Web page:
In that post, I probed the common law origins of the disenfranchisement of felons. The practice of stripping people of the right to vote as an additional consequence for committing a felony, I argued, does not really make sense in a democracy.

Tonight, I discovered tonight that my views are in alignment with the conservative Chicago Tribune columnist Stephen Chapman and the Sentencing Project, a progressive research and advocacy group.

Chapman's column last week praised the work of the Sentencing Project in encouraging states to amend their laws to promote greater civic participation by convicted felons. Twenty-three states have done so since 1997, with voting rights restored to about 800,000 people. Two of these states - Maine and Vermont - allow people who are still in prison serving their sentences to vote.

In short, a convict can still be a citizen. But the degree of citizenship extended is still jurisdiction-specific; it depends on the state you're in.

Monday, November 15, 2010

Aung San Suu Kyi Emerges From House Arrest - Again

After seven years of house arrest by order of the Burmese junta, pro-democracy leader Aung San Suu Kyi is finally free to travel again. In all, she has been detained under various forms of house arrest for 15 of the last 21 years. During much of that time, her only company was visits from housekeepers and the Burmese equivalent of a probation officer.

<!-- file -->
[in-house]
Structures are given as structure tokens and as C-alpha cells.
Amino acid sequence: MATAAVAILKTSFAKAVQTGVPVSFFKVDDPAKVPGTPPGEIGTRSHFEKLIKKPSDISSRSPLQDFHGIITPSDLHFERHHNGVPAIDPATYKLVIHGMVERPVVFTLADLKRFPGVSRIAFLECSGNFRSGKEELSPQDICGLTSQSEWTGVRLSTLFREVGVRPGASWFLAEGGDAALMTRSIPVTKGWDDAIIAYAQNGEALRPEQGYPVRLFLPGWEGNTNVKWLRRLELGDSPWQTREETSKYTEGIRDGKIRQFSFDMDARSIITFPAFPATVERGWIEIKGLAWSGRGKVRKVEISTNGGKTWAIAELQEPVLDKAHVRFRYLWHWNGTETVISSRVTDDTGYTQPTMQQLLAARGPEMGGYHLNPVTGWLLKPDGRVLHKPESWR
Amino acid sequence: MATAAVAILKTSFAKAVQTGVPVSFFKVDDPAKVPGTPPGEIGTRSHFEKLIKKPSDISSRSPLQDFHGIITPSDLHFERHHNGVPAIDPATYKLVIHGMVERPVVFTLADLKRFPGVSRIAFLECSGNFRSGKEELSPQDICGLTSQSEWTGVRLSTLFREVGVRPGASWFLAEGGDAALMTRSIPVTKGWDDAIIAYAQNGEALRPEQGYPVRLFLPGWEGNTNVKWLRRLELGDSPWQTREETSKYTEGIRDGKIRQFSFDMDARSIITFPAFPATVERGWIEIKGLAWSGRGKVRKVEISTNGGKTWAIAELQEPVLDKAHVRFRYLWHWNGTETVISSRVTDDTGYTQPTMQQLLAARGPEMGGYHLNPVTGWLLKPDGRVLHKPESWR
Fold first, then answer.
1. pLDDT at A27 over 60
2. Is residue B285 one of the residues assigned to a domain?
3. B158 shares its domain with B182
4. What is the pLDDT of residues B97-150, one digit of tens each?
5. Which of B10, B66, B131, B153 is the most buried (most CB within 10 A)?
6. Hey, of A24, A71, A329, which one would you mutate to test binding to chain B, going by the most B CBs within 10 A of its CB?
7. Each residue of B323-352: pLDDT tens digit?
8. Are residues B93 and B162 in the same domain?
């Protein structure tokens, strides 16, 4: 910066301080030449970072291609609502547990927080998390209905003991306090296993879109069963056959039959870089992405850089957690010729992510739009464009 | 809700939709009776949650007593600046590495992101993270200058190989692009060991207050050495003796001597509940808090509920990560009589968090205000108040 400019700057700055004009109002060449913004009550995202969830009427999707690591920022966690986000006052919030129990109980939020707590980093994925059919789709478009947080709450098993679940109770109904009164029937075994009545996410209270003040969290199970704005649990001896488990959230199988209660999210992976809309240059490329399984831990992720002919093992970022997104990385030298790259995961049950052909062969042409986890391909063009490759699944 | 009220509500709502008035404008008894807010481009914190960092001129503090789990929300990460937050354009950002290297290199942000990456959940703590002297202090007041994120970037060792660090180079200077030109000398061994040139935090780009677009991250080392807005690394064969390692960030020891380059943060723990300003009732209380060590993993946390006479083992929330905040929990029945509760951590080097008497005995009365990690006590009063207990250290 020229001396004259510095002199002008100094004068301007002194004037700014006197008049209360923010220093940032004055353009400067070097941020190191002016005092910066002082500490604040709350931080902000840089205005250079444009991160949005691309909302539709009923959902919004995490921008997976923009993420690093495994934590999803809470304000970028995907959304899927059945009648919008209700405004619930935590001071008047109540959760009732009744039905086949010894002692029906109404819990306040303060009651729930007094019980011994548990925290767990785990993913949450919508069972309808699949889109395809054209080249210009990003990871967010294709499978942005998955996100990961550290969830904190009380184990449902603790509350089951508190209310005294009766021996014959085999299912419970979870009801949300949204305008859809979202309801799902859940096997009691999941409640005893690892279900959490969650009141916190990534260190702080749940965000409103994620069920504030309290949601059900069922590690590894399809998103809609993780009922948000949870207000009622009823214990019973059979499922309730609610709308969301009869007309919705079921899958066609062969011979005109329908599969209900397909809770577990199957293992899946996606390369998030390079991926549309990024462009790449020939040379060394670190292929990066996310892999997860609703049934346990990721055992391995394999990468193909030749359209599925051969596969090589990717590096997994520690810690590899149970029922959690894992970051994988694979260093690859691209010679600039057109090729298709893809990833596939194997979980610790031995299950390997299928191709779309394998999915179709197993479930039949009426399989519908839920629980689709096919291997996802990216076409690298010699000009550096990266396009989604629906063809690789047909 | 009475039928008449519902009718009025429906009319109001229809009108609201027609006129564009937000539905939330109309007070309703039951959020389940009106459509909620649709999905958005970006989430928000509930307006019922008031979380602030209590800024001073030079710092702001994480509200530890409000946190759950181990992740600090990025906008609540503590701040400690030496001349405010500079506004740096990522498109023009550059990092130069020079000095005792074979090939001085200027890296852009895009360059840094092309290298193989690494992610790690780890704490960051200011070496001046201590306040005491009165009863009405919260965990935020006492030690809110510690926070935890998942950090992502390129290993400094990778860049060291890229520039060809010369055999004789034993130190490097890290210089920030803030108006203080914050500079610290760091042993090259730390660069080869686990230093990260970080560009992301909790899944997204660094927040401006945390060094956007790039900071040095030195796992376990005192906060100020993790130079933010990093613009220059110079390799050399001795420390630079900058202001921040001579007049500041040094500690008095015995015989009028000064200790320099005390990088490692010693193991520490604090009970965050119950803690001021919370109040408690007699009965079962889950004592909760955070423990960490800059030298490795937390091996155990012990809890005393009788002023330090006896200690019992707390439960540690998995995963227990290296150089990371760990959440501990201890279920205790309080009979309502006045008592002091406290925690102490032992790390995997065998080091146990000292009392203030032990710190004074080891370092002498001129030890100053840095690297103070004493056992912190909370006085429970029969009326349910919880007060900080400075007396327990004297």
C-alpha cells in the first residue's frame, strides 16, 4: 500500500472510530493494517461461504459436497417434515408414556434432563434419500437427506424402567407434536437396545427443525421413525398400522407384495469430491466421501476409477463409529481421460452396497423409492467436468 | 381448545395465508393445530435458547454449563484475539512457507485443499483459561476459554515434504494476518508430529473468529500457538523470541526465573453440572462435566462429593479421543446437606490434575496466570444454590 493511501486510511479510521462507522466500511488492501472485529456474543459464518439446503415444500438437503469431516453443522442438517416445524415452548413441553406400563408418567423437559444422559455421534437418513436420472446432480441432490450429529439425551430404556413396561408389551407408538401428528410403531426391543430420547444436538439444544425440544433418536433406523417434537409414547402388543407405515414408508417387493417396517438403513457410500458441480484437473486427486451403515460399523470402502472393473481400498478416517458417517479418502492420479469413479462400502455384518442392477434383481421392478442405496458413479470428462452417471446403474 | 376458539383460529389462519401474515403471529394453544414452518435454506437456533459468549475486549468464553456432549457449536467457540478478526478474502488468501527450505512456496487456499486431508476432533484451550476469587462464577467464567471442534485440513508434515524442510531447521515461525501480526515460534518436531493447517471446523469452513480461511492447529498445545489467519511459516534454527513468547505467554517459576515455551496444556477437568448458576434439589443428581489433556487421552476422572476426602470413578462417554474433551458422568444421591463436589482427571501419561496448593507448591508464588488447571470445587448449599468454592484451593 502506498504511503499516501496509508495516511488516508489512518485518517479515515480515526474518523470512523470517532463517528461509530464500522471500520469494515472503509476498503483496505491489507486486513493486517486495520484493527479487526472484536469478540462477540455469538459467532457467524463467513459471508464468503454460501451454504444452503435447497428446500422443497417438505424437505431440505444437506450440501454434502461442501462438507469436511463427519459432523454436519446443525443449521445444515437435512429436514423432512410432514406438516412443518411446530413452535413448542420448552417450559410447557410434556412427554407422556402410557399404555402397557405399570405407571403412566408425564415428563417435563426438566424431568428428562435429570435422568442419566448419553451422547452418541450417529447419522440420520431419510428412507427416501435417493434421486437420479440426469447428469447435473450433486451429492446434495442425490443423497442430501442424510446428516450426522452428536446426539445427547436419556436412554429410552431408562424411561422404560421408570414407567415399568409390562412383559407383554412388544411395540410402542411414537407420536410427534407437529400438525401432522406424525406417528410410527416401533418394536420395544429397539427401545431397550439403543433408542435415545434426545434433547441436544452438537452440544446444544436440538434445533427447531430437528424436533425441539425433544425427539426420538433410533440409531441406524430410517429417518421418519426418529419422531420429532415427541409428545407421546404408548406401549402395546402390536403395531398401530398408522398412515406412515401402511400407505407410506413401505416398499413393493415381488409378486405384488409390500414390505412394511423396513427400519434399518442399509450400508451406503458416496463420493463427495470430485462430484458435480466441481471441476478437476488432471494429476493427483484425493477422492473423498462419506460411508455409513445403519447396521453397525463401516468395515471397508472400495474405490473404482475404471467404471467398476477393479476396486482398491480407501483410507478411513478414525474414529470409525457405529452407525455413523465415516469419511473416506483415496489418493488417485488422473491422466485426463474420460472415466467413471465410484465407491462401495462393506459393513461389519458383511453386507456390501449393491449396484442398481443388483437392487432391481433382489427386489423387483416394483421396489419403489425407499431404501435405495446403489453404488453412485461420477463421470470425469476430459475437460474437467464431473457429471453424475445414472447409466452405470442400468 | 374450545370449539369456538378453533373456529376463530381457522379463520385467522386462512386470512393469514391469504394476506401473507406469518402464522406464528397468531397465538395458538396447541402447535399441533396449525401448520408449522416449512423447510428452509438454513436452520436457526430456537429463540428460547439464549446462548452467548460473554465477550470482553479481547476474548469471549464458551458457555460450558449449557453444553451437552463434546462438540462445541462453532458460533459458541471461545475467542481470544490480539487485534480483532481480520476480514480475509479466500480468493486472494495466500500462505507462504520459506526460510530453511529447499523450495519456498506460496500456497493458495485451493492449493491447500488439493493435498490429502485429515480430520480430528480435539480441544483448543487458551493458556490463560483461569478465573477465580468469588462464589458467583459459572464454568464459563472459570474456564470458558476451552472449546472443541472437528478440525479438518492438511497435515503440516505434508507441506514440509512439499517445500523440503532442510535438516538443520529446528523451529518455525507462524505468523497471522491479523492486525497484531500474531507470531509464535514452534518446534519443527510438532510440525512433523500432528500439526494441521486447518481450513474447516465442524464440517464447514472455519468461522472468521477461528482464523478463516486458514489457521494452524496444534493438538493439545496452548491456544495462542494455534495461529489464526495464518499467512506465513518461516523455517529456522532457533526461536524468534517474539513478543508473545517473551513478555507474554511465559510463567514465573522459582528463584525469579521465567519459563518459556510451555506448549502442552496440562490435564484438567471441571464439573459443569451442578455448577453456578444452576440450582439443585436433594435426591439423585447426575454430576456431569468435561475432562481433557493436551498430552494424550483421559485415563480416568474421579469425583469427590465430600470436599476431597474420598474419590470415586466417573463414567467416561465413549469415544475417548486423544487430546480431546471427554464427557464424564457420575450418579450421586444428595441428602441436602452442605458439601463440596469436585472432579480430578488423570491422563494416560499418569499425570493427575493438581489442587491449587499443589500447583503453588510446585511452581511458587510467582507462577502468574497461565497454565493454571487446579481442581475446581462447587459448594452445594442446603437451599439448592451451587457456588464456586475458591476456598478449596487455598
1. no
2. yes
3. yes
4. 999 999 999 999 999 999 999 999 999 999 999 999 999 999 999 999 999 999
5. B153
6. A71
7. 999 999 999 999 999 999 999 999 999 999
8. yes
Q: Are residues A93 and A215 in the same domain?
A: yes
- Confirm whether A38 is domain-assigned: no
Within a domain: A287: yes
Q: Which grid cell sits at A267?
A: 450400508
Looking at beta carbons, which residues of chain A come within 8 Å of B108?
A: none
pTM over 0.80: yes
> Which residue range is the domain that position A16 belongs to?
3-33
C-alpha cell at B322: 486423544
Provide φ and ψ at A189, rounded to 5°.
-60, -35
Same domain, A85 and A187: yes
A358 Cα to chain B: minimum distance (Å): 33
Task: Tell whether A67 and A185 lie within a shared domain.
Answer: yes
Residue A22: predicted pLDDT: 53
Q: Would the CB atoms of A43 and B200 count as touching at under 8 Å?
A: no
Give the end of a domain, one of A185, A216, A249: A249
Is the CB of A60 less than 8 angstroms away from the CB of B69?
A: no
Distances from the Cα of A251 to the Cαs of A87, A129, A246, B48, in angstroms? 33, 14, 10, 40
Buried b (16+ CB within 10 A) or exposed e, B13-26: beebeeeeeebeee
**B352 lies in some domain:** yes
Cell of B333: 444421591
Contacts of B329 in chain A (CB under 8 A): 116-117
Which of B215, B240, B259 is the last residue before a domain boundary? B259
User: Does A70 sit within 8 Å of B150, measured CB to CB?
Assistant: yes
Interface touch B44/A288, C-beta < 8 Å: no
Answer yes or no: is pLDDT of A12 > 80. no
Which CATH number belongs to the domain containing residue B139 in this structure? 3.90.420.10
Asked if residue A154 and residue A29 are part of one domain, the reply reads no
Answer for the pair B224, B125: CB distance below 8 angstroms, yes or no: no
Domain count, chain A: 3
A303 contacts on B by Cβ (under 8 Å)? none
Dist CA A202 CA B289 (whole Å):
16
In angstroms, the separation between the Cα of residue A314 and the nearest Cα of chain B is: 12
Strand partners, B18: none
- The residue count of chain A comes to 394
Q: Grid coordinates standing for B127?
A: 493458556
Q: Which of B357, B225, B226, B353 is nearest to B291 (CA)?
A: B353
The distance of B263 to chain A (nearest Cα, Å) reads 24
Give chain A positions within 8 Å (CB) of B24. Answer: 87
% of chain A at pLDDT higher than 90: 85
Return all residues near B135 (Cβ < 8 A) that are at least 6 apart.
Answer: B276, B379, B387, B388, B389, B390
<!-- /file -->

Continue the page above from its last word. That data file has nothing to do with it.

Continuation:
Yet the Nobel Peace Prize winner told the BBC in an in-depth interview that, even when confined to her home for so long, she always felt free. She acknowledged that the extended detention called upon her "inner resources." but Aung San Suu Kyi kept the focus on others throughout the interview.

She spoke, for example, of how the house arrest separated her from her family. Her husband died abroad, after being denied a visa to return to Burma. Her protracted detentions by the junta also kept Aung San Suu Kyi apart from her two sons. She recognized her family's suffering, and the suffering of her political supporters, but expressed no pity for herself. Instead, she kept the focus on her own moral choices.

A prisoner of conscience par excellence.

Saturday, November 13, 2010

What's in a Name?

Using preposterously high quantity to express the unquantifiable, the singer Bruce Cockburn once wrote a song referring to "the nine billion names of God."

Even when taking poetic license similar to Cockburn's, there are not nearly that many names for "correctional facility." But there are still quite a few, and the nuances are important.

Jail and prison, of course, are still standard terms. They are often wrongly used interchangably, when in fact the terms refer to qualitatively different types of facilities.

Jails are usually operated at the local (county) level and confine people who come from a number of different statuses. One type is convicted offenders whose sentences are for less than one year. But jail populations also often include many other people. Some are waiting for trial, while others are being confined for civil contempt or even non-payment of debts. Still others have been arrested but not yet charged.

Prison, in America, has historically been a place where convicted offenders serving sentences of a year or more are sent. Each state has at least one, and the federal government operates it own system in addition to the state systems.